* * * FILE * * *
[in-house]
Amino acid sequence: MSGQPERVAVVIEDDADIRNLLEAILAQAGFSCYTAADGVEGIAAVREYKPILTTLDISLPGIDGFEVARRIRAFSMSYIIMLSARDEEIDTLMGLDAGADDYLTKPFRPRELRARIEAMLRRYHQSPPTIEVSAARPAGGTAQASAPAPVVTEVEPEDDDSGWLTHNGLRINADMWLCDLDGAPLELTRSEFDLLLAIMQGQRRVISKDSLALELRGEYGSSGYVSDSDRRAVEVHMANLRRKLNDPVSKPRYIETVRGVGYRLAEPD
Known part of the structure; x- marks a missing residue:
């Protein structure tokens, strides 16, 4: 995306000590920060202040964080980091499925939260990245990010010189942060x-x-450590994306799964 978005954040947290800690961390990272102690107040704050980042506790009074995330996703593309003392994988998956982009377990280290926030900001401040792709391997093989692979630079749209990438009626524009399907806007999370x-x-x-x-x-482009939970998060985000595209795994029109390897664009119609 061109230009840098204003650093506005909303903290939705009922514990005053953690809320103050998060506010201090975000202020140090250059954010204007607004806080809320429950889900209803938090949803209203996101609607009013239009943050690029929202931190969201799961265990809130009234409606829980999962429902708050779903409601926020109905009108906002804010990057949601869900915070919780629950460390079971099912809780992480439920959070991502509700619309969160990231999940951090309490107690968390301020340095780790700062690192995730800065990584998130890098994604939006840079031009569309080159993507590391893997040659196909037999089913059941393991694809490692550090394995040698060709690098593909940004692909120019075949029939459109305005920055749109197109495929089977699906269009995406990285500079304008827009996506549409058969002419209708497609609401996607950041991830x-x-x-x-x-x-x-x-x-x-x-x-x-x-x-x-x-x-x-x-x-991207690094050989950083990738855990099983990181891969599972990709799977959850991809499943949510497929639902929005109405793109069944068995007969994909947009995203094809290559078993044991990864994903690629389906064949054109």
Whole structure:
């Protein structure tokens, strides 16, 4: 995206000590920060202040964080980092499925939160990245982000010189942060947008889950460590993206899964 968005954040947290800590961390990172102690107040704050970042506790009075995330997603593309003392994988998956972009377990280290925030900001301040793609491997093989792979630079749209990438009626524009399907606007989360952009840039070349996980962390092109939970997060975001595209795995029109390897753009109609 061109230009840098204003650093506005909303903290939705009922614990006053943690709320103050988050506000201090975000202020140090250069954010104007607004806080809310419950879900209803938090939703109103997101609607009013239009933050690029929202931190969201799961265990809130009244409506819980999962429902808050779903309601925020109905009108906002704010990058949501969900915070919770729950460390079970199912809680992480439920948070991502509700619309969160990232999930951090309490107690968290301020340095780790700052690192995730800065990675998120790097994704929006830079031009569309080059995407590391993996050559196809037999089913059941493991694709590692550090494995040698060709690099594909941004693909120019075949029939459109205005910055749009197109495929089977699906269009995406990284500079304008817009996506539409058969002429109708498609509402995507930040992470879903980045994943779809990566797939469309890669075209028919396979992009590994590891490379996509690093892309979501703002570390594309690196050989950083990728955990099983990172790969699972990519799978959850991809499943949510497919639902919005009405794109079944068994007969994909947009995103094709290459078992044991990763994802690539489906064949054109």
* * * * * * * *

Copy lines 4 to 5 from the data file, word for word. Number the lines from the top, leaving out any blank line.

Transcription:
């Protein structure tokens, strides 16, 4: 995306000590920060202040964080980091499925939260990245990010010189942060x-x-450590994306799964 978005954040947290800690961390990272102690107040704050980042506790009074995330996703593309003392994988998956982009377990280290926030900001401040792709391997093989692979630079749209990438009626524009399907806007999370x-x-x-x-x-482009939970998060985000595209795994029109390897664009119609 061109230009840098204003650093506005909303903290939705009922514990005053953690809320103050998060506010201090975000202020140090250059954010204007607004806080809320429950889900209803938090949803209203996101609607009013239009943050690029929202931190969201799961265990809130009234409606829980999962429902708050779903409601926020109905009108906002804010990057949601869900915070919780629950460390079971099912809780992480439920959070991502509700619309969160990231999940951090309490107690968390301020340095780790700062690192995730800065990584998130890098994604939006840079031009569309080159993507590391893997040659196909037999089913059941393991694809490692550090394995040698060709690098593909940004692909120019075949029939459109305005920055749109197109495929089977699906269009995406990285500079304008827009996506549409058969002419209708497609609401996607950041991830x-x-x-x-x-x-x-x-x-x-x-x-x-x-x-x-x-x-x-x-x-991207690094050989950083990738855990099983990181891969599972990709799977959850991809499943949510497929639902929005109405793109069944068995007969994909947009995203094809290559078993044991990864994903690629389906064949054109």
Whole structure: